During the past few annual meetings of the NCSS, the momentum behind the C3 framework has been building. From Seattle to Boston, the trajectory of implementation has been marked by excitement, professional collaboration, and a desire to explicitly articulate how the C3 framework will improve social studies education. Now planning and discussion are becoming practice. Working with a team of eight high school social studies teachers this summer provided that launching pad that we have been anticipating for over two years. The result was nothing short of inspiring. In essence, the build-up and wait was worth it.
Moreover, I loved every minute I worked with this team of teachers. This post attempts to encapsulate the experience and contextualize our team’s efforts. It is a narrative of sort which shares the discussions, decisions, work, and revisions our team experienced when creating C3 units for high school social studies in Fairfax County for the 2015-2016 school year. It is my intention that sharing these details will contribute to the discussions educators are having and inform the processes and tools being used to generate C3 lessons.
Working with New York teachers during the pre-conference seminars at NCSS Boston convinced me that the C3 Framework complemented the instructional shifts happening in the state of Virginia. As the high school social studies specialist for Fairfax County Public Schools I design and propose summer curriculum projects. These are typically 40-hour projects in which I lead a team of teachers to create resources to be used by educators in the county. It is important to note that the C3 Framework is relatively unknown in our county. However, with Fairfax’s emphasis on performance assessments and inquiry-based instruction, the C3 framework is an ideal model to utilize. The framework complements both the county’s definition of performance assessment (see insert) and the state’s move to skill based standards.
As I prepared for the project, I realized, and was energized from, the work that we were about to do was going to contribute to a new movement in social studies education. In addition, webinars with Professor John Lee and conversations with Stephen Armstrong, State Social Studies Consultant, provided valuable information regarding C3 resource creation as well as validation that what we were going to try in Virginia was on the right path. But as the school year was coming to a close, I was still uncertain about the unit/lesson creation process. Even a workshop I ran to test run the C3 Framework with one of our high school’s departments left questions unanswered. But, ultimately, bumps in the road were smoothed. The release of the Inquiry Design Model (IDM) was the final tool needed for the summer project’s realization. We celebrated Independence Day and got to work.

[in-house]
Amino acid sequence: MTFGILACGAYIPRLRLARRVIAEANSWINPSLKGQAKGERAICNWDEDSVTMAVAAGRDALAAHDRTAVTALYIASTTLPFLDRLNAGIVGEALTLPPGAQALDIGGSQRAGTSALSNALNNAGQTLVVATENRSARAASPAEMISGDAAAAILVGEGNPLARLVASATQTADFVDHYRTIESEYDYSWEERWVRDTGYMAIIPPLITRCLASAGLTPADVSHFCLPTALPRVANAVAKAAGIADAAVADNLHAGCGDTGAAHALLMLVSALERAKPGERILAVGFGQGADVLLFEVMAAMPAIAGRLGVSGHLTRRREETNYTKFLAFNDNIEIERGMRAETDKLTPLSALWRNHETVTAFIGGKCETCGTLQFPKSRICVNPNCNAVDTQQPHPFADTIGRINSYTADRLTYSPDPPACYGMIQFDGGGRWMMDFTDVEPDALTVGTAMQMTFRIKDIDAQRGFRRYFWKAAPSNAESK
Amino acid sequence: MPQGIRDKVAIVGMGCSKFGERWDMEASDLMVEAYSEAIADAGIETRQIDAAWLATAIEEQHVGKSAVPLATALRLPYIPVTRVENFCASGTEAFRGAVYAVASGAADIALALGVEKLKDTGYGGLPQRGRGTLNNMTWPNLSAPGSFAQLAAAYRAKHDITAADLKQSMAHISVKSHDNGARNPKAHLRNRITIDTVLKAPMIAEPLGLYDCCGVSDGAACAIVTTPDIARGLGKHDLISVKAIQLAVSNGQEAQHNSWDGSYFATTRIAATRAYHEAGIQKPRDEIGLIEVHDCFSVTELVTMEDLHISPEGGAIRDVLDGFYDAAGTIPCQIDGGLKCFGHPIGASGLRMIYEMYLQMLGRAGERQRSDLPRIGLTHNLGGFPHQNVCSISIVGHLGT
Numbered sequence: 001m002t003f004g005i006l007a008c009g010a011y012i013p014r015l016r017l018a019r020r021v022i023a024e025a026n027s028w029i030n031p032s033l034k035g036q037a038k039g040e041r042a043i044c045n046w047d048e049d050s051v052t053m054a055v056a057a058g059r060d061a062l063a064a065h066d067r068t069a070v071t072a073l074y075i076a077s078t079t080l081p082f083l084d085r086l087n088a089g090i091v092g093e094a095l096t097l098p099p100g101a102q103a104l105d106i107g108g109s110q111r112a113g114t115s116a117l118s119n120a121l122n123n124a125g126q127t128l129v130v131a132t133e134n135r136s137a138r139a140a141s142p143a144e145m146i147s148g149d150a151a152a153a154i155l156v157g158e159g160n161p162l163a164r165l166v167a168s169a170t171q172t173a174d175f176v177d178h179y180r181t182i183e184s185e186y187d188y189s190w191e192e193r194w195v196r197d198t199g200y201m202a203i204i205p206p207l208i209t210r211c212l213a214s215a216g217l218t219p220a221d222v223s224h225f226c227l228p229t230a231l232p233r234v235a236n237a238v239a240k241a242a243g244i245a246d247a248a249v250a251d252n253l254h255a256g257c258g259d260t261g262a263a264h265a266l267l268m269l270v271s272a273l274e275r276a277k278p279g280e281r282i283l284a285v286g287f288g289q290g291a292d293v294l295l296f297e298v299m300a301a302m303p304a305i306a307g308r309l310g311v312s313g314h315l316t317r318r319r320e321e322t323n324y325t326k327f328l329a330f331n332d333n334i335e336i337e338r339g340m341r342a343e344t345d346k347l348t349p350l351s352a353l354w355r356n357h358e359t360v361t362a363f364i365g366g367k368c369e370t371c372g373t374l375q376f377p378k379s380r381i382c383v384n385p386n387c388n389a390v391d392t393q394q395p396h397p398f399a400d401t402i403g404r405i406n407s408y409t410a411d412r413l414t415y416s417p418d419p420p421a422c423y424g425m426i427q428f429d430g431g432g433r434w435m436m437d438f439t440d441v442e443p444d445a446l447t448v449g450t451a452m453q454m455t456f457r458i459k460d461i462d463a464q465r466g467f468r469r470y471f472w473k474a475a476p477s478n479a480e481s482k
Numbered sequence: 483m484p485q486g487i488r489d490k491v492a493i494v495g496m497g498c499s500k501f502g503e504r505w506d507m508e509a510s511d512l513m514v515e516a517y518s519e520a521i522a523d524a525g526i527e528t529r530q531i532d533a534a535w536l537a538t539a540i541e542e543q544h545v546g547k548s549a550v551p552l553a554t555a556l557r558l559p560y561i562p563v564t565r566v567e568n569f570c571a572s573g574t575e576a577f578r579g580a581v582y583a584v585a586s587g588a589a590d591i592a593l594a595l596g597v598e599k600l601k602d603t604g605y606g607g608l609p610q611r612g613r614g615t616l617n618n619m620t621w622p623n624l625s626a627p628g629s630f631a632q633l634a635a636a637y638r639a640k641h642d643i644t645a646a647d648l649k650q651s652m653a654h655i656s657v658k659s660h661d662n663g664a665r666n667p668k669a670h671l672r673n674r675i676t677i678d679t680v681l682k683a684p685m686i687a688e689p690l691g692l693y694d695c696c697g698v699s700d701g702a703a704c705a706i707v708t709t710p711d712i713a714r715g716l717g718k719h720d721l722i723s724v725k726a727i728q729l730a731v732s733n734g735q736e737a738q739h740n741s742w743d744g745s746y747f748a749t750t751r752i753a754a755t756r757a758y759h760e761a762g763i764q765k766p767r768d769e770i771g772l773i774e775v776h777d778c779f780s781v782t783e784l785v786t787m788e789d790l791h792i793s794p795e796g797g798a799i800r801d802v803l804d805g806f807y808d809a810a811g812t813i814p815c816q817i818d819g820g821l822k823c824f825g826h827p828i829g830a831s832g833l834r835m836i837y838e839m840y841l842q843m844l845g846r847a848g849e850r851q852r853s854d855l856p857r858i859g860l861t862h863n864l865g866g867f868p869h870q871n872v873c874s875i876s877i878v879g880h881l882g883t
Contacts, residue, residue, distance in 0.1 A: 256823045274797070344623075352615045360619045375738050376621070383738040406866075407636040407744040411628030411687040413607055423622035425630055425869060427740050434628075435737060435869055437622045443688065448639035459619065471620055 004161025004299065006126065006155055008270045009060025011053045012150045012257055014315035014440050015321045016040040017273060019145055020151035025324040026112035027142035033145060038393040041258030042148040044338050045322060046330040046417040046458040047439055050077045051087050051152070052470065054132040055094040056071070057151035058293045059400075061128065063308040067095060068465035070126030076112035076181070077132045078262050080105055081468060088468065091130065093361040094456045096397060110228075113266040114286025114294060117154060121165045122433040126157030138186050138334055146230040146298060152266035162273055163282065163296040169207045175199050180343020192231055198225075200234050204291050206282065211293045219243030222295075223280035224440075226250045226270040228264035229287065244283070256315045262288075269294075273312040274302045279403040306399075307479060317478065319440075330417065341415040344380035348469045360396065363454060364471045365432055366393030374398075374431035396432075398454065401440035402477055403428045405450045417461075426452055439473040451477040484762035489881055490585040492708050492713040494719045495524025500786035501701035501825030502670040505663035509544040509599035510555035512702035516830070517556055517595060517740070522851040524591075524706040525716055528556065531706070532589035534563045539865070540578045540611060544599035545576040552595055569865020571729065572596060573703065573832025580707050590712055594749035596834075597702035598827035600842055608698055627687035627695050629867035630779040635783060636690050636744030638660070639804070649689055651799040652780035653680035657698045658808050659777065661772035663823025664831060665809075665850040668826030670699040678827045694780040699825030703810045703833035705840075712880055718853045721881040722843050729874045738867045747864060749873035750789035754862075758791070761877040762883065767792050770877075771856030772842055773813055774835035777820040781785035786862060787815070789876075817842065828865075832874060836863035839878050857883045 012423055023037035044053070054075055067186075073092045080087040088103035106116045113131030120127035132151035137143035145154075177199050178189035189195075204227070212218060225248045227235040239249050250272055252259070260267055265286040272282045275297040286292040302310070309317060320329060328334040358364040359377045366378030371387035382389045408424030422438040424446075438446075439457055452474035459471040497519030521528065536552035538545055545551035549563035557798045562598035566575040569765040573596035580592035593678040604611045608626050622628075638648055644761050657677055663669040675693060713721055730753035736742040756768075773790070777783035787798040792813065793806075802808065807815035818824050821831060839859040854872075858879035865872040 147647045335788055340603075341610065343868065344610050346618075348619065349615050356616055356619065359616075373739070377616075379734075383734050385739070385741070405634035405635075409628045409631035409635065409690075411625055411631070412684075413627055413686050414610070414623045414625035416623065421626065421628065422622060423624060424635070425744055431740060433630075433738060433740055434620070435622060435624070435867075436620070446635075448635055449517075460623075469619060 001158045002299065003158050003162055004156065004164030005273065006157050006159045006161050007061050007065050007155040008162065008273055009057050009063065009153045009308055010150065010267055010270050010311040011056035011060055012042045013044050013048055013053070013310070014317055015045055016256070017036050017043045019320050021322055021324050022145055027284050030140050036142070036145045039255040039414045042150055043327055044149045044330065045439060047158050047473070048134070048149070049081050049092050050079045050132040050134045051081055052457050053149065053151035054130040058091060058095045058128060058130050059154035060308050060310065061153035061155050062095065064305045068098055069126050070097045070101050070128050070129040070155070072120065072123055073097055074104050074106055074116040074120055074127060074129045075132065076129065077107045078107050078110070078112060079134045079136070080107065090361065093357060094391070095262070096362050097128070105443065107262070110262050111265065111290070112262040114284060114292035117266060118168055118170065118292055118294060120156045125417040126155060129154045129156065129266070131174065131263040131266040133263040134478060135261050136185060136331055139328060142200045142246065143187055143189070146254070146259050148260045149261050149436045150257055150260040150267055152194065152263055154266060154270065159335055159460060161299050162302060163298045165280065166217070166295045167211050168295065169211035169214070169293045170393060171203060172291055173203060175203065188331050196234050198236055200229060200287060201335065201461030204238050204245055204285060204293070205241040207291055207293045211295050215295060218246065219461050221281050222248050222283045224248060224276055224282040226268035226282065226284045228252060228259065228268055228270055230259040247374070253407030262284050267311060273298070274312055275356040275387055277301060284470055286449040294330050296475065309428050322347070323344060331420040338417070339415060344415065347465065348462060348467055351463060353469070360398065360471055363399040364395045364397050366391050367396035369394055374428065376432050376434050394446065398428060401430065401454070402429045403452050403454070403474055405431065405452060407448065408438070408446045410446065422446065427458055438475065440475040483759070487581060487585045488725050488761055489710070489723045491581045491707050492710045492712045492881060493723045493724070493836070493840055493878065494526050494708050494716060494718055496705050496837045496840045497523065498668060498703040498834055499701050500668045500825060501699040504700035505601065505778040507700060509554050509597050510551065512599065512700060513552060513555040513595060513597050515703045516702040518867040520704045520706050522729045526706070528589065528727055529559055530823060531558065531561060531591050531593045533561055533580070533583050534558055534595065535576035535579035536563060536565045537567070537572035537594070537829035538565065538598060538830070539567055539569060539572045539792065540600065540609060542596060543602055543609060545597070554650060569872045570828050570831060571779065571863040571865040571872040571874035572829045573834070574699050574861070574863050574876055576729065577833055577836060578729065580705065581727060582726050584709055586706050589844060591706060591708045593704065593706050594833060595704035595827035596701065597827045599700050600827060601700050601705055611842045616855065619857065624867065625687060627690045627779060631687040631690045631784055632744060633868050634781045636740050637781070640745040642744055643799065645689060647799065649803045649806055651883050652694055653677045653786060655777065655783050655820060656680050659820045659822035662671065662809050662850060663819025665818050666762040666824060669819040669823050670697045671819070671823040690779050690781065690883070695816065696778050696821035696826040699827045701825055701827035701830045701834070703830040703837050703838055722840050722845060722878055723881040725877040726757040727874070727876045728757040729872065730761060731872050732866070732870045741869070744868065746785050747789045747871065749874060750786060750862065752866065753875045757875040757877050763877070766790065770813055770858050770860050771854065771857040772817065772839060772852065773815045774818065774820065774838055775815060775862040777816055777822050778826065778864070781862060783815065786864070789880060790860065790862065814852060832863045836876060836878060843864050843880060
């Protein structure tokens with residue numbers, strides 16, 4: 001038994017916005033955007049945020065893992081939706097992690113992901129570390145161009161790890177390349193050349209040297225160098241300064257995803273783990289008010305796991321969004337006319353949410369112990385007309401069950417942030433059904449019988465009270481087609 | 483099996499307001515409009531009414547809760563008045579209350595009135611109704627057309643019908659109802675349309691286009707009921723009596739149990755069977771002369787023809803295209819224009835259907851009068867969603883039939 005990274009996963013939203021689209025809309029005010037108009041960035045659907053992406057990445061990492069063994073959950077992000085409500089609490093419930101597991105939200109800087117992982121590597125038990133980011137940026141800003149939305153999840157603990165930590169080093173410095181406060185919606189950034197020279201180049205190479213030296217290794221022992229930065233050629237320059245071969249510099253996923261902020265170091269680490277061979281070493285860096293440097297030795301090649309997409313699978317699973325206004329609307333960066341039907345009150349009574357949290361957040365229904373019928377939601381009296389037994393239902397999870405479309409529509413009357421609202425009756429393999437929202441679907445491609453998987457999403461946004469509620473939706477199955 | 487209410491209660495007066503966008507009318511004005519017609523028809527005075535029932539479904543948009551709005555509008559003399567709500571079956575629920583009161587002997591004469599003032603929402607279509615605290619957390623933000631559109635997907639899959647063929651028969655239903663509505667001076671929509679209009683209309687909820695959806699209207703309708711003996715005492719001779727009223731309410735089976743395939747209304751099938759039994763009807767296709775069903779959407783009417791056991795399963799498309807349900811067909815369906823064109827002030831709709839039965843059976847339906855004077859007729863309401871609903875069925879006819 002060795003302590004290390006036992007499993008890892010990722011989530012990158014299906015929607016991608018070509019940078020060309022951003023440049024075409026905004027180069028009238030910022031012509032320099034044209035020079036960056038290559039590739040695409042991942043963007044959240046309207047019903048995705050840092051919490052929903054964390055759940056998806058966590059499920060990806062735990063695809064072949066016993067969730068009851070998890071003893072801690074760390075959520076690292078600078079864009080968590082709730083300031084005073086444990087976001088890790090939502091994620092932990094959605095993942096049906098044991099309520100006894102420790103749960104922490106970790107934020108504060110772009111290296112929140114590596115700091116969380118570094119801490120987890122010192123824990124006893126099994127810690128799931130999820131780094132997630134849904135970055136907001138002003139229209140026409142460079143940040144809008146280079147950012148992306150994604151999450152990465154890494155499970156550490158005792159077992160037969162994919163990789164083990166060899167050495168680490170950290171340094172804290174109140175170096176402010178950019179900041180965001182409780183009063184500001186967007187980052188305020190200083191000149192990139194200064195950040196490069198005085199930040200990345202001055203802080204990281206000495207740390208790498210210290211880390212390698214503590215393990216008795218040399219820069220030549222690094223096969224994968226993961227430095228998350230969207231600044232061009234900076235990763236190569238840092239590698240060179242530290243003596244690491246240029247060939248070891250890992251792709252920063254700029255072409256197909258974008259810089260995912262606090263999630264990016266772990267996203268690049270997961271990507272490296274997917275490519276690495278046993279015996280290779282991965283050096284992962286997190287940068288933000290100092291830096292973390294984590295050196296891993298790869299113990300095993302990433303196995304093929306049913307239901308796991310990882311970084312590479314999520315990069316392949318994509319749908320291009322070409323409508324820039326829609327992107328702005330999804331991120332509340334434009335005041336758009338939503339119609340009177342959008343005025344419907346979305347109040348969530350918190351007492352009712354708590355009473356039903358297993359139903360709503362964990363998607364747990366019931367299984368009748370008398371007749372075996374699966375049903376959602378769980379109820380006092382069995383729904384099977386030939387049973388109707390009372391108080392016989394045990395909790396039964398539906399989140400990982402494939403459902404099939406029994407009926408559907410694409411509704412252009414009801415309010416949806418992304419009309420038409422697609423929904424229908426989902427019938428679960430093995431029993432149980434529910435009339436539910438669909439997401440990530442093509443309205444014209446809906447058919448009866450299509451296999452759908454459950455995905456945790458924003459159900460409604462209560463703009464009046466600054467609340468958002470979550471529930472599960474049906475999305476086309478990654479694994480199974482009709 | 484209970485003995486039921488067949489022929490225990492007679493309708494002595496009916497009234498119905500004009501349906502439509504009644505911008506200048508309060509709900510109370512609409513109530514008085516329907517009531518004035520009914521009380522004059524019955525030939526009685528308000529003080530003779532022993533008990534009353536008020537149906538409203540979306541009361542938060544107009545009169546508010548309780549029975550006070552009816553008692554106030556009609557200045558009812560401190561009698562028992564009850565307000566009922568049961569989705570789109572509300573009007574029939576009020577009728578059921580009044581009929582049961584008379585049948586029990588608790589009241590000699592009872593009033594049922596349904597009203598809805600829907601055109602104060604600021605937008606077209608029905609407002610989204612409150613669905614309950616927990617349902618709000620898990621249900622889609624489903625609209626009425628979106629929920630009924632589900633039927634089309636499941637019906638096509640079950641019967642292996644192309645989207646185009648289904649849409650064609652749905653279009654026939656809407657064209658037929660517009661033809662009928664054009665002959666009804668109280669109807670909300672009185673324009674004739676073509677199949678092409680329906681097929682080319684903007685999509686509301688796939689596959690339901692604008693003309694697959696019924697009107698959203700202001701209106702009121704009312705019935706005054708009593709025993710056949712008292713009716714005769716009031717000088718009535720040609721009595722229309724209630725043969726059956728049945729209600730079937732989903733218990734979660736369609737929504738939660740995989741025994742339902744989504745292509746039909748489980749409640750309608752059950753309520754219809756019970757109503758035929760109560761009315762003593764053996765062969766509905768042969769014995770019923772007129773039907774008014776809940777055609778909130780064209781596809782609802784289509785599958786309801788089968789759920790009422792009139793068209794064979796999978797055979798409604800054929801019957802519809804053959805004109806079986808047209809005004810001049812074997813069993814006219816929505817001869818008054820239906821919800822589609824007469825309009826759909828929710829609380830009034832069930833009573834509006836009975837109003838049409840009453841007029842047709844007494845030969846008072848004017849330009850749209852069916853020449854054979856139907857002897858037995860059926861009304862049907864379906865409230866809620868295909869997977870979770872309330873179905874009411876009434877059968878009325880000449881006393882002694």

Two Weeks in July
The goal of our summer project was to create C3 lessons for each of the 4 core courses Fairfax students take in high school – World History until 1500, World History 1500 – Present, VA/US History, and VA/US Government. Four teams of two generated a pair of lessons per course. I created one for VA/US History making our total of C3 lessons for the 2015 -2016 SY nineteen. But, as stated before, the teams’ familiarity with C3 needed to be developed. Presenting the C3 Framework in a positive light and as valuable work would be crucial to the project’s success.
So, before work began on creating the resources, I presented an overview of the C3 project. Taking the time to frame the framework was an opportunity to engage with teachers’ mindsets and beliefs regarding social studies education. Additionally, it was essential that the team came to agreement on a number of structural aspects and terminology. The outlines below identify the main aspects of these two pre –design steps we took as a team.
My hope is that these will inform planning and procedures regarding implementation of the C3 and/or C3 resource creation.
Part 1 – C3 Overview (90 – 120 minutes)
- Contextualization of Resources and Objectives of Project
- Share experience with C3, support of NCSS, and application for our system.